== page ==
how many amps does a car horn draw
the reason i ask is cause the book i have for the truck dont tell me nothing and 2 there is more then just the horn on the fuse.
i need t bypass my steering wheel horn cause the click spring is shot and iam not spending 100 buck on a new one , i also dont want the citre version horn button its big and ugly , so i want a nice cool momentary button switch problem is the onesi can get are 3 amp AC 125 volt i need to accees only 12 volts DC so need to know if this switch will hadel the draw from the horn, i should also mention that i have 2 horns side by side on the truck there just normal car horns but there is 2 of them,
thanks in advance for any help on this one
Run a relay like this: http://www.summitracing.com/parts/HLA-H41510121 and you will have NOOOO Problems.
Do you have a meter? Just check them and then you will know the answer for sure.
Look to see if your vehicle has a horn relay, if so then the current draw of the horn will do you no good.
If you have a horn relay the draw on the relay would be less than 5 amps @ 12 volts.
You could buy the relays cheaper a surpluscenter.com. I have not bought any from them lately.
get a 40A relay from summit: http://www.summitracing.com/parts/PCO-5591PT/
if you go to an electrical/electronics supply house like newark, you can get a comparable relay for probably half that price: http://www.newark.com/jsp/search/pro...og&sku=21M4719 but you won't get the prewired base. you can use regular crimp on 1/4" female quick disconnects to connect wires to the terminals, though.
40A is way overkill for a horn, but you'll be more than covered.
you can most likely get away with just using the pushbutton. what's the make of your truck? i doubt whoever made it would use a heavy duty switch for the horn button on the steering wheel in the first place. there's probably already a relay somewhere in the circuit
Last edited by psomero; 10-15-2009 at 11:07 PM.
Airsmith like the others have said, get a relay.
Go to your local Princess Auto,( gee I sure like that name ) and get a 30 amp 12 volt relay, $4.95 I think, and put it into the circuit.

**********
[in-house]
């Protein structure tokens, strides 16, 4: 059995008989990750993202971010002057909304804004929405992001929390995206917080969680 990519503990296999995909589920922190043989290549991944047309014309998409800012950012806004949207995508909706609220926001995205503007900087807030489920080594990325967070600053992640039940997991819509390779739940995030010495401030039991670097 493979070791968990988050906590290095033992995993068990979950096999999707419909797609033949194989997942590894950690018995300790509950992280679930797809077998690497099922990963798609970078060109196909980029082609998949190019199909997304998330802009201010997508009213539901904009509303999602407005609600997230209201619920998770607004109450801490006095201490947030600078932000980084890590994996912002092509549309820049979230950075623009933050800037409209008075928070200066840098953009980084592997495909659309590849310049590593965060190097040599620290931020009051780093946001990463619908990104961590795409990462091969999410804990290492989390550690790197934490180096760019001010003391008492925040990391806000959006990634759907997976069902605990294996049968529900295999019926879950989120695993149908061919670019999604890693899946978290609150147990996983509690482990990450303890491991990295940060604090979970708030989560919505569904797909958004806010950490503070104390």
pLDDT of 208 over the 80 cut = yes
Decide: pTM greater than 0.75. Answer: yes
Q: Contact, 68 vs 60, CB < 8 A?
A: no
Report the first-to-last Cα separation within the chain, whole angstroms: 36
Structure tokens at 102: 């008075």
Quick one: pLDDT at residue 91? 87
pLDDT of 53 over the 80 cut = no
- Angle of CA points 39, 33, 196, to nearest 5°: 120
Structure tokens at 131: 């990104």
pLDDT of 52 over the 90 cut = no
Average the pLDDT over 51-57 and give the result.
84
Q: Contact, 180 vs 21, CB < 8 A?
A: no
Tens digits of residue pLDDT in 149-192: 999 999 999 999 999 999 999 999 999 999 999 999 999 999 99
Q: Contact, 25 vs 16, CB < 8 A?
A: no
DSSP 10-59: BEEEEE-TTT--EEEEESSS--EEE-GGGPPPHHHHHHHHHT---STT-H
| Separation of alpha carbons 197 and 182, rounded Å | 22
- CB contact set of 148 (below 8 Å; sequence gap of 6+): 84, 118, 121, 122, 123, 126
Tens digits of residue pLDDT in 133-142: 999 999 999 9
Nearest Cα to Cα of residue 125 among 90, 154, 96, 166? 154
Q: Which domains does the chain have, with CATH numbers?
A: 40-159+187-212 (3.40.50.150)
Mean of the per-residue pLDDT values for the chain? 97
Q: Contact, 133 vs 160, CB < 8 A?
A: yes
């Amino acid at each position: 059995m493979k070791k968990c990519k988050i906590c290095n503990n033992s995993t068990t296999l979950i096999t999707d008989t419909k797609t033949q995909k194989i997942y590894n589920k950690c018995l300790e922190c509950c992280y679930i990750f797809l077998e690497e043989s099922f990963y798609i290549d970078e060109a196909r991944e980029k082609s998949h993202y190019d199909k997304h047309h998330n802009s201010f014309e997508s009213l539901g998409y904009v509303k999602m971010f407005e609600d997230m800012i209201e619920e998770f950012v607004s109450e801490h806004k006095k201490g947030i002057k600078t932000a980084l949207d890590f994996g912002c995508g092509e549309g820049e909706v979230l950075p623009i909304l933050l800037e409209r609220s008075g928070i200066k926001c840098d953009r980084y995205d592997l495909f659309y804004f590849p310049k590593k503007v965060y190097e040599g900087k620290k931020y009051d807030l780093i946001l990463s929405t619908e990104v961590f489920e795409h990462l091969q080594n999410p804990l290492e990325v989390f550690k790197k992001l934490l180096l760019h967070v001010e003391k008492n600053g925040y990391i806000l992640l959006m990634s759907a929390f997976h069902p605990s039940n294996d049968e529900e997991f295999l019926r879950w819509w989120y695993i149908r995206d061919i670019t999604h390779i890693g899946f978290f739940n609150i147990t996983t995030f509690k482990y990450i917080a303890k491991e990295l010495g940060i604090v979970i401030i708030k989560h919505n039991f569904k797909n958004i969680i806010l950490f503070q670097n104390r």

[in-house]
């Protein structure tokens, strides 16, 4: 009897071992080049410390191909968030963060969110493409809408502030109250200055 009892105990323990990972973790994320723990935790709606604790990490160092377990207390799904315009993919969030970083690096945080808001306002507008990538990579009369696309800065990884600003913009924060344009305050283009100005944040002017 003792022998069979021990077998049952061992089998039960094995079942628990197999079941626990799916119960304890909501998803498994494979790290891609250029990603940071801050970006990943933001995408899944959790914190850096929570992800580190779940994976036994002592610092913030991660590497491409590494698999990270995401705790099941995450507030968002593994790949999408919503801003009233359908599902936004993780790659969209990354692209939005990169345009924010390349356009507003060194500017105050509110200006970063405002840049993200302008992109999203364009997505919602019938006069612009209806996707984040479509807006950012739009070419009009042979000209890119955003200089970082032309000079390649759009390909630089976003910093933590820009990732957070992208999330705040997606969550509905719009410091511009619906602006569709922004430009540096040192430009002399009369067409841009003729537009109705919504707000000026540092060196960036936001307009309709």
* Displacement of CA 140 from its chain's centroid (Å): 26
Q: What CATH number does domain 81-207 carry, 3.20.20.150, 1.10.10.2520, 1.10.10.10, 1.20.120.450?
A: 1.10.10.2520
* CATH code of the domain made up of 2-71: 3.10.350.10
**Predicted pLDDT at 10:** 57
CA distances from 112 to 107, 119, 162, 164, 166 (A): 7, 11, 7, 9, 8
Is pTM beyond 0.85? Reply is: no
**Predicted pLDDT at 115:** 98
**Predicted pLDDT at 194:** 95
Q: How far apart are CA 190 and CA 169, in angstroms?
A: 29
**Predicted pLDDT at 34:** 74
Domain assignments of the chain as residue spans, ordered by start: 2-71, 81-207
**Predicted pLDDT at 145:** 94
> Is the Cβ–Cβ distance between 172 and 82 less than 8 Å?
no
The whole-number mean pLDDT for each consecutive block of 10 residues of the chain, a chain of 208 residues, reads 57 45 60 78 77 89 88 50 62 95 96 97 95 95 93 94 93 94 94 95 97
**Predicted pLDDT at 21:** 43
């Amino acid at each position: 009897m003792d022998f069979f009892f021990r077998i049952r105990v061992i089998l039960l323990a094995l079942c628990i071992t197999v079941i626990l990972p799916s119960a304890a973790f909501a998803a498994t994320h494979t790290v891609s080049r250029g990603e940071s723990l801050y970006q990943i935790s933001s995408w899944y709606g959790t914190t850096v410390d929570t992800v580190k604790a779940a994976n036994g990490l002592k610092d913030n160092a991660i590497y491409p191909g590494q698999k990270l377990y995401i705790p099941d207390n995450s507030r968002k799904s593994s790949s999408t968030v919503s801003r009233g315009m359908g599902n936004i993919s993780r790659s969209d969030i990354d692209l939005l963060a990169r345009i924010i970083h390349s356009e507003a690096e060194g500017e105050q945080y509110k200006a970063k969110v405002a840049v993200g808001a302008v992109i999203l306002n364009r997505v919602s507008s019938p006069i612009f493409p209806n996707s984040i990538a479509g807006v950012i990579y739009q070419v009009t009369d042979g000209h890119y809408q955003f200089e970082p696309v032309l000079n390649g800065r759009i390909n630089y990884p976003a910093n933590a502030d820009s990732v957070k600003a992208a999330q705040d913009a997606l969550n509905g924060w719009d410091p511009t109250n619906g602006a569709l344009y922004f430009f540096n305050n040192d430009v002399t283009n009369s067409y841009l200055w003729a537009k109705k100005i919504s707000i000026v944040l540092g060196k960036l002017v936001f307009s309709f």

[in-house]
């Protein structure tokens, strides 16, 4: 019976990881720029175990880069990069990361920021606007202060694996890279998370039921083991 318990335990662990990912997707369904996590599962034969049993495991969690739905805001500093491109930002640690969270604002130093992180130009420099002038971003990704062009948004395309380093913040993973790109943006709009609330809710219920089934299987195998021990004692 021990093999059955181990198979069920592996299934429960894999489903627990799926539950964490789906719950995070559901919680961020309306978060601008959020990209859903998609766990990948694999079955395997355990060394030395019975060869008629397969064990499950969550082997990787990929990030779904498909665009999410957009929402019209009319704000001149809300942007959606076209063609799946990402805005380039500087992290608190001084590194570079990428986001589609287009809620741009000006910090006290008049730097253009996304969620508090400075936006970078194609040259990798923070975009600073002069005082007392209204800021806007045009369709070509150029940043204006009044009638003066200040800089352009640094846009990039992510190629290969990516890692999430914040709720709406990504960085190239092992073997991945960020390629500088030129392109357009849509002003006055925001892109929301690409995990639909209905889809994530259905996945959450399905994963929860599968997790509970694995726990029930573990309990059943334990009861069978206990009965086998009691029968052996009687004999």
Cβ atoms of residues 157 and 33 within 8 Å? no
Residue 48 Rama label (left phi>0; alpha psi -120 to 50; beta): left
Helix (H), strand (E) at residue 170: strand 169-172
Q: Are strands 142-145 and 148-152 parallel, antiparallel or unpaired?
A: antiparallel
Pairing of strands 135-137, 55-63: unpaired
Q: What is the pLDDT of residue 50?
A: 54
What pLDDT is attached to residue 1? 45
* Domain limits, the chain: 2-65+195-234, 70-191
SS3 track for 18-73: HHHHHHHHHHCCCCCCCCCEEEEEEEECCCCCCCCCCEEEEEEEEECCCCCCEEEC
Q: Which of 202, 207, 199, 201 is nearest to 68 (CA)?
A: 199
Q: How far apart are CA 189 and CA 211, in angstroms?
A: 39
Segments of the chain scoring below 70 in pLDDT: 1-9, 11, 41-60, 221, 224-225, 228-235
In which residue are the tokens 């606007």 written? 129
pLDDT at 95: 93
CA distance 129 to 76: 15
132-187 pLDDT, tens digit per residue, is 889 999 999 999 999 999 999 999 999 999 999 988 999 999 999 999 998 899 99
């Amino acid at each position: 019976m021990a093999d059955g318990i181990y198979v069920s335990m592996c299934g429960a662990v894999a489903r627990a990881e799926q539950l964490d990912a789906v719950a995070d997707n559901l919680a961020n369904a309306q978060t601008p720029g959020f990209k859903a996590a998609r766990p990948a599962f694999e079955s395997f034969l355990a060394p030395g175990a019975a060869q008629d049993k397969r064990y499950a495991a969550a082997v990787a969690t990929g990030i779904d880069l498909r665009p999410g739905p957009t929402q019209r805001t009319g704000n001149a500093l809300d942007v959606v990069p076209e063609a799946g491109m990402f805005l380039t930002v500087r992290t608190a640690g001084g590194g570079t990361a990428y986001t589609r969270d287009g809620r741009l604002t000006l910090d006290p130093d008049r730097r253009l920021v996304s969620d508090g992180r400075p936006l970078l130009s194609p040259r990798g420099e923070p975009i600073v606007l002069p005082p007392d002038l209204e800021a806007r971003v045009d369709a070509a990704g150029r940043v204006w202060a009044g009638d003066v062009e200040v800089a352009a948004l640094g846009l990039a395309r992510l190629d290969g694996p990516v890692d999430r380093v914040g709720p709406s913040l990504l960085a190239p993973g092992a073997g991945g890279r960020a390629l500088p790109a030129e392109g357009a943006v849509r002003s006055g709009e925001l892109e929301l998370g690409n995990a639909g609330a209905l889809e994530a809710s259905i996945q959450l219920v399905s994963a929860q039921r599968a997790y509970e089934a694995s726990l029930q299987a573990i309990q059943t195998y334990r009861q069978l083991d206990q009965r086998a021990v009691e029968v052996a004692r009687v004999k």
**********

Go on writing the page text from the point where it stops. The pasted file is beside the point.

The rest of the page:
The relay acts as a transfer switch of sorts between the switch you are going to use and the load, i.e. headlights, horn, or whatever heavy load you are trying to turn on and off. Kind of like a starter relay takes the load off of you key switch. You can imagine the size of key you would need to activate the starter without a relay right?
Horns can easily use 20 amps or more and to use a switch that is robust enough to handle that amount of current would require a large set of contacts. In order to use a more convenient size of switch a relay is used to do the bull-work of the switching work, in other words it carries all of the heavy current instead of your horn switch.
I've included a simple wiring diagram to help with the installation.
The numbers will be the same on the relay you purchase as it is a Bosch type relay, so all you need to do is connect a ground to #86, a fused 12V positive to #30, a 12V switched source (like your horn switch) to #85, and finally your horn to terminal #87.
The relay has a small coil inside which closes a set of contacts inside to carry the main load that you want to energize. The horn button only has to carry a load of about 150 milliamps instead of 20 amps.
Like Psomero said, you vehicle probably has a relay, so if you can id it use it in the same manner as my previous post.
Willy has it right. Horns usually draw lots of current- 20 amps is not out of line. Where I once worked, an installer was told to put the horn honk relay in the trunk. He wondered about that, and asked me. I told him that there would be too much loss in the wiring and the horn may not work. He took that to 'management', who told him to not listen to me, just do it like he was told.
It didn't work, so that became an issue with me to blame. Huh? I was once asked to attend a seminar with this manager, and in response I had to say ' well, I'll have to take a course in stupidity before I could do that'- got laughs from the rest of the staff, but not the management-
At any rate, you do need a relay and you should keep the high current wiring as short as practical, and don't skimp on the gauge.